GlaxoSmithKline plc (NYSE:GSK)
Q2 2011 Earnings Call
July 26, 2011 9:00 am ET
David Redfern - Chief Strategy Officer
Andrew Witty - Chief Executive Officer, Executive Director, Member of Corporate Administration & Transactions Committee and Member of Finance Committee
Deidre Connelly -
Moncef Slaoui - Chairman of Research & Development, Executive Director, Member of Corporate Administration & Transactions Committee and Member of Finance Committee
Simon Dingemans - Chief Financial Officer, Executive Director, Member of Corporate Administration & Transactions Committee and Member of Finance Committee
Mark Dainty - Citigroup Inc
Florent Cespedes - Exane BNP Paribas
Graham Parry - BofA Merrill Lynch
Luisa Hector - Crédit Suisse AG
Unknown Analyst -
Mark Purcell - Barclays Capital
Michael Leacock - RBS Research
Okay, good afternoon, everybody. While you all grab a seat, I'm going to make a start. Thanks very much for joining us for the Q2 results of GSK today. I'm sure you've all got the press release, and there's a book of the various slides that we're going to present just in a few minutes. I just like to make a couple of introductory comments before I kick off properly.
First of all, just to introduce to you, we have got some of my colleagues from the executive management team of GSK here in the room and maybe they can stand up as I introduce them. Abbas Hussain, who runs our Emerging Markets Pharmaceutical business; Deidre Connelly, who runs our U.S. Pharmaceutical business; David Redfern, who's Chief Strategy Officer for the company, also looks after Stiefel and the ViiV business; Moncef Slaoui, who's the Chairman of our R&D Business and also is taking over responsibility for our Global Vaccines business; and of course, I've got Simon Dingemans here at the front with me; and Phil Thomson, who is our Head of Global Communications and IR.
So they'll all be here. If you don't hear from them during the session, you'll certainly have a chance to chat with them afterwards when we finish. They'll be delighted to spend a few minutes with everybody over there with a cup of coffee if you just want to nail some of them against the wall and really interrogate them. I've brought a few extras for you. So great a opportunity for you to see them.
Good chance for you as well to hear from Simon really for the first time properly as he spent the last 6 months really getting to grips with the organization and really challenging a lot of what we could do and what we could achieve, and I think you can see in the press release today the first really substantive evidence of the new financial architecture for the company, very thoughtful approach to how we should report going forward, trying to clear up, get greater clarity in the way we present our information, how we drive more value out of the business to generate more shareholder returns.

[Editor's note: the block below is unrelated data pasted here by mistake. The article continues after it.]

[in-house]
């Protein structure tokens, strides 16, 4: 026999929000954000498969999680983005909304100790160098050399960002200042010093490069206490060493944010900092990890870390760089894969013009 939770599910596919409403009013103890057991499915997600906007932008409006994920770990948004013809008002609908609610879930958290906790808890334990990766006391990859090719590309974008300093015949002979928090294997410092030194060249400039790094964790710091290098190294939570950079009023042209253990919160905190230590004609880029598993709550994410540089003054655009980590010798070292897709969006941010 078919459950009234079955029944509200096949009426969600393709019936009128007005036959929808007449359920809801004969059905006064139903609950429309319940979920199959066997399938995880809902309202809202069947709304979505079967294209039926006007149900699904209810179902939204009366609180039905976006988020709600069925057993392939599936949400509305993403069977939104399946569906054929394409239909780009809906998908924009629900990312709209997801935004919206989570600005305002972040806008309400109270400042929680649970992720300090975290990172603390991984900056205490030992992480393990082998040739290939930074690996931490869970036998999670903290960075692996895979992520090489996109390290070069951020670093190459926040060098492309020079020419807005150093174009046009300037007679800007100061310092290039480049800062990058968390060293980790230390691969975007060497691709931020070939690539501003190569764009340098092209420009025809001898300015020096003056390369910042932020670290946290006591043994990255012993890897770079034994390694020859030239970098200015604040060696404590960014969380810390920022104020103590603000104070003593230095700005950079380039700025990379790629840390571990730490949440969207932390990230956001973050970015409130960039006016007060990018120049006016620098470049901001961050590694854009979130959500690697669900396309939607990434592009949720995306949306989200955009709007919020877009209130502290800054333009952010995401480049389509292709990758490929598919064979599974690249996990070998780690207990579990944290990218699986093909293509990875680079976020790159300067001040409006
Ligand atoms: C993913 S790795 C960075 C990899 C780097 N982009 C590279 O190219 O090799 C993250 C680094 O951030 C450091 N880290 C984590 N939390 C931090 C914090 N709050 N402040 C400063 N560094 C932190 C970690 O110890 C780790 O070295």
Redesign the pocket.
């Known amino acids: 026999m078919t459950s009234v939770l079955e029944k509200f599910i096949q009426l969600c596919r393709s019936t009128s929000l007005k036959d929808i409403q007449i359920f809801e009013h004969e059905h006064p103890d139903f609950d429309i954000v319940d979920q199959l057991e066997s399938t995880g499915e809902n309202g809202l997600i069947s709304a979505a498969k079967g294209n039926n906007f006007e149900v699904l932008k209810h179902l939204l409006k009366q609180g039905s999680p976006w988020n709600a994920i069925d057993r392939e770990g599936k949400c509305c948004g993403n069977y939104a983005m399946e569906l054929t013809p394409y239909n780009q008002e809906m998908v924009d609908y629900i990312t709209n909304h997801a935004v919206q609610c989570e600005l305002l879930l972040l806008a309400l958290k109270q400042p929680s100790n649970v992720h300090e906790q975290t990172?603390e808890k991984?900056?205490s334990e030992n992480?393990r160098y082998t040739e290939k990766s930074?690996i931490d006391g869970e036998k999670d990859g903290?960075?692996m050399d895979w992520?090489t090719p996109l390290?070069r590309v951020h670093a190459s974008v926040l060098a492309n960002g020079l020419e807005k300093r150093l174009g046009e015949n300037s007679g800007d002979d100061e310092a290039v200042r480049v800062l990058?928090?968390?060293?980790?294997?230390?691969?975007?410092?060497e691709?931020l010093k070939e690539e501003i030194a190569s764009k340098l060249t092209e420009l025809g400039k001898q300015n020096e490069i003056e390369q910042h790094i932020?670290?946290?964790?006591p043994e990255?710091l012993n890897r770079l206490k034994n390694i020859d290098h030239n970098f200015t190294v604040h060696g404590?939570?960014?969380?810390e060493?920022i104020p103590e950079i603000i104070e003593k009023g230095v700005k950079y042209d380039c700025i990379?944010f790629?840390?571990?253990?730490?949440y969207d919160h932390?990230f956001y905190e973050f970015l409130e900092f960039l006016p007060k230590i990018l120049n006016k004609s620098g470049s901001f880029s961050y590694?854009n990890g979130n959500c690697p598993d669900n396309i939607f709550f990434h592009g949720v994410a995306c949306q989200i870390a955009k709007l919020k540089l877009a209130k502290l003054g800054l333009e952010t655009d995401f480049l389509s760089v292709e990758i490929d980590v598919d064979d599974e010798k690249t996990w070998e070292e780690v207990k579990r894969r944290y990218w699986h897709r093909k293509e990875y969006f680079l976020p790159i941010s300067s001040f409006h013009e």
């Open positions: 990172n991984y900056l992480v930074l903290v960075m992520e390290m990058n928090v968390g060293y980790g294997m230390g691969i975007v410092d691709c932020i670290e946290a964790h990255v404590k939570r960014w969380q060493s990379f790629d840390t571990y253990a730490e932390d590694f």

And you can see Simon's fingerprints all over that part of what we're trying to do. It's exactly why we wanted him to join the group, and I think you'll hear from him during the rest of the session some further insights into the way he's looking at the business. So it's going to be a great chance for you to hear a bit more from him today.
Before we get to that, I'll just give you a quick summary of where I think we are in terms of the group strategy and how things are going, and I think this quarter is quite a turning point actually in terms of GSK on a number of dimensions. First of all, it's really that -- although we still have some headwind for the rest of this year because of Avandia, Valtrex and Pandemic products dropping out, the rate of that headwind really drops now from this point onwards. So it's a turning point in terms of the pressure of the headwind which is running against us. That's the first important thing.
Secondly, I think you'll clearly see the delivery of new products and pipeline into the organization. And I'll touch a little bit more on that in a few minutes.
Thirdly, you'll see the shape of what this business is going to be for the next several years in terms of our geographic distribution, in terms of the emphasis we have across the business -- different businesses we have whether it be consumer vaccine, emerging market or the traditional pharmaceutical businesses. You can see that shape really crystallize as the restructuring process that we've gone through starts to come toward an end.